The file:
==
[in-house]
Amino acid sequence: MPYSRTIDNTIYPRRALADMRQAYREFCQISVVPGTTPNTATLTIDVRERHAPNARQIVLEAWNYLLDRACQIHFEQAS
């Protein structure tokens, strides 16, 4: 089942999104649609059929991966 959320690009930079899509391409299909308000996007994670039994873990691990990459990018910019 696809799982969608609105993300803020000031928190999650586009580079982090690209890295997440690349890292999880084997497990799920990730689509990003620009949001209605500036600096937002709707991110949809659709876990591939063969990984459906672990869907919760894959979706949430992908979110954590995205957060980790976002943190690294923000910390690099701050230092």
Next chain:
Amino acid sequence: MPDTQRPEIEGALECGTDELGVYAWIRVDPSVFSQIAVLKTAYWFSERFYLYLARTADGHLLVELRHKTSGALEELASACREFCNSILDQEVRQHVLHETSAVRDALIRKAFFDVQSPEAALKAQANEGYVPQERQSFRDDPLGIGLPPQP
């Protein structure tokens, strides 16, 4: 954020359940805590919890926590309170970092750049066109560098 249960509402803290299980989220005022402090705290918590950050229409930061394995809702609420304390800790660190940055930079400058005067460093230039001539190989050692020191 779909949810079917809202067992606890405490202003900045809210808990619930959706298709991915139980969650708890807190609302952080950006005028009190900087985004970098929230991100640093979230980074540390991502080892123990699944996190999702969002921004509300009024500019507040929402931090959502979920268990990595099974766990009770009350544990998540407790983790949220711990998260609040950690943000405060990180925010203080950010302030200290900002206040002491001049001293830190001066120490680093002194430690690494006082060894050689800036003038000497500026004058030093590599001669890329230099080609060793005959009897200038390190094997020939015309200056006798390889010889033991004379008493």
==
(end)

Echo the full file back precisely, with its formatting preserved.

[in-house]
Amino acid sequence: MPYSRTIDNTIYPRRALADMRQAYREFCQISVVPGTTPNTATLTIDVRERHAPNARQIVLEAWNYLLDRACQIHFEQAS
């Protein structure tokens, strides 16, 4: 089942999104649609059929991966 959320690009930079899509391409299909308000996007994670039994873990691990990459990018910019 696809799982969608609105993300803020000031928190999650586009580079982090690209890295997440690349890292999880084997497990799920990730689509990003620009949001209605500036600096937002709707991110949809659709876990591939063969990984459906672990869907919760894959979706949430992908979110954590995205957060980790976002943190690294923000910390690099701050230092």
Next chain:
Amino acid sequence: MPDTQRPEIEGALECGTDELGVYAWIRVDPSVFSQIAVLKTAYWFSERFYLYLARTADGHLLVELRHKTSGALEELASACREFCNSILDQEVRQHVLHETSAVRDALIRKAFFDVQSPEAALKAQANEGYVPQERQSFRDDPLGIGLPPQP
């Protein structure tokens, strides 16, 4: 954020359940805590919890926590309170970092750049066109560098 249960509402803290299980989220005022402090705290918590950050229409930061394995809702609420304390800790660190940055930079400058005067460093230039001539190989050692020191 779909949810079917809202067992606890405490202003900045809210808990619930959706298709991915139980969650708890807190609302952080950006005028009190900087985004970098929230991100640093979230980074540390991502080892123990699944996190999702969002921004509300009024500019507040929402931090959502979920268990990595099974766990009770009350544990998540407790983790949220711990998260609040950690943000405060990180925010203080950010302030200290900002206040002491001049001293830190001066120490680093002194430690690494006082060894050689800036003038000497500026004058030093590599001669890329230099080609060793005959009897200038390190094997020939015309200056006798390889010889033991004379008493």